Mr. Bullock who suffered from a cold would not speak so long as he had intended, but he could not refrain from expressing his admiration of the manner in which the Mayor had discharged his duties. It was a difficult position to fulfill and was not in this country always so thankful as it might be. The Mayor had alluded to the water supply, and the low cost it had been carried out at. He must add his congratulations on the completion of that scheme, which was a marked success and in every way an improvement to the town. He hoped the temporary difficulty in regard to the loan would soon be got over, and that shortly the accsesion of available funds would be large. Mr. Bullock before sitting down expressed his regret at the small attendapcc, but hoped that the good feeling that had obtained during the year would continue. He moved that the Mayor take the chair for the ensuing year. This being carried, his Worship took the chair and again thanked the Council for the honor, and invited them to wine. Mr. Bullock regretted that in his remarks ho had omitted to refer to what was perhaps the greatest achievement of the Mayor’s term, the financial prosperity' of the Borough, which hi? Worship had brought about. (Hear, hear.) Mr. Harrison joined in the compliments to the Mayor, and expressed bis belief that, knowing his Worship as they did, the members of the Council would all work smoothly together, as they had beep doing recently'. He would be glad to see a man of Mr. Friedlander’s ability occupying the chair for a second or even third term. In reference to the depression that had troubled the colony in the past, ho was glad to notice the signs of improvement evidenced by the hank rate in Loudon, which he could not help looking on as a criterion, find he believed a few months of the now year would see the prosperity they had longed for returning. The Mayor’s health was then drunk with great heartiness. THE BUILDING BY-LAWS. The letter of the manager, Bank of New Zealand, referred to this meeting was then taken up. Mr. Bullock took occasion to refer to the by'-laws regaining building. He thought they were too stringent, and one especially was, he thought, premature. He referred to the law which compelled buildings in : East street to be built of brick, stone, or concrete. He believed that the town was not y'et so fully developed as to be able to bear a hard and fast law to compel stone building, and that party walls were quite sufficient. The application of the Bank to bo allowed to inako additions to their building brought on this subject. He was disinclined to interfere with the by'-laws that-had been prepared with much trouble, but the case he had in view was one of a kind that represented others, and was only an instance of how the by-law interfered with the town’s progress. Mr. Robinson thought an establishment like the Bank, that had made wealth to itself in this district, ought to be able to put up a proper building in the town. Mr. Williamson was glad to see that his old opponent for the: Mayoralty, Mr. Bullock, was coming round to his opinion re party walls at last. In a town like this it was not to be expected that, for a time at leastj so expensive buildings as vvore erected in cities like Christchurch would be put up. He hoped, however, that in discussing the question the matter of the applicant being a Bank ought to have no weight in the matter, and he would be sorry to see it introduced.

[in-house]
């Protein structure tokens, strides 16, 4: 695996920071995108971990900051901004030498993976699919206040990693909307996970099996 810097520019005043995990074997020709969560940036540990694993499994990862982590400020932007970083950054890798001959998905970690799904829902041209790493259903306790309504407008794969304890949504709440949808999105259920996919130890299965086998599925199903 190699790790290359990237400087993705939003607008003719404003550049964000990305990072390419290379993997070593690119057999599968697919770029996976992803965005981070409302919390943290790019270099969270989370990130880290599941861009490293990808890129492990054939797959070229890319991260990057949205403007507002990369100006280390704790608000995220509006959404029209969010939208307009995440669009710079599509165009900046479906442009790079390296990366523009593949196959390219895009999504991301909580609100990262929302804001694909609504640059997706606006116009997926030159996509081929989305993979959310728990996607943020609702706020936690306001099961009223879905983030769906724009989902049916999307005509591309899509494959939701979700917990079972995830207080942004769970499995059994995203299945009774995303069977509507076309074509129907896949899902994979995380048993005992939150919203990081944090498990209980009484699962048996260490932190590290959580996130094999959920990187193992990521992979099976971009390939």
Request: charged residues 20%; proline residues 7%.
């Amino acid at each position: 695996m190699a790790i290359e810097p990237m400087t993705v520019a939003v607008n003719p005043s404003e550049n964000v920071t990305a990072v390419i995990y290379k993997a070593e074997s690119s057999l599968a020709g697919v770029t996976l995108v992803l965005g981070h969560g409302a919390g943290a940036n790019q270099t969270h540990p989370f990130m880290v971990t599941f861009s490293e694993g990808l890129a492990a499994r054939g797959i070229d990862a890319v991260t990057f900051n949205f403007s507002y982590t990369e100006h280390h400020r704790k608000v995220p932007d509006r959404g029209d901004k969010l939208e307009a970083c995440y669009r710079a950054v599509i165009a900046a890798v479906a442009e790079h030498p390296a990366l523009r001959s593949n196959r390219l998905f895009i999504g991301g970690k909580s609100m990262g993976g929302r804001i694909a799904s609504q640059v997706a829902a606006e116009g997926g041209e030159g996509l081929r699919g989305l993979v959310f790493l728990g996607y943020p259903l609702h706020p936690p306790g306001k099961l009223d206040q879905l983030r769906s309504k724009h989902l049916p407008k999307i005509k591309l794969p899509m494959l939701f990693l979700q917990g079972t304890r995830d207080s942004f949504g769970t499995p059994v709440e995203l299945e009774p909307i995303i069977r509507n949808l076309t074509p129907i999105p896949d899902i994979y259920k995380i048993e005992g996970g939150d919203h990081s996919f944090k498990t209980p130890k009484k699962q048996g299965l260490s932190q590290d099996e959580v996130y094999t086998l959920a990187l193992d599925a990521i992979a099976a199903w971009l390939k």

Messrs. Friedlander and Harrison having spoken in favor of party-wall, and amending the by-laws as far as needful, The Mayor said that the bank had no intention of evading the by-law, but simply Wished to build a temporary house till the business place of the town was properly defined, and then to put up a good building. The proposed alterations would supply work for many carpenters, etc., for a time. D was resolved that the bank’s letter be acknowledged, and that at next meeting the question of altering the by-laws be considered. The meeting then adjourned.

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BOROUGH COUNCIL. Ashburton Guardian, Volume 2, Issue 217, 15 December 1880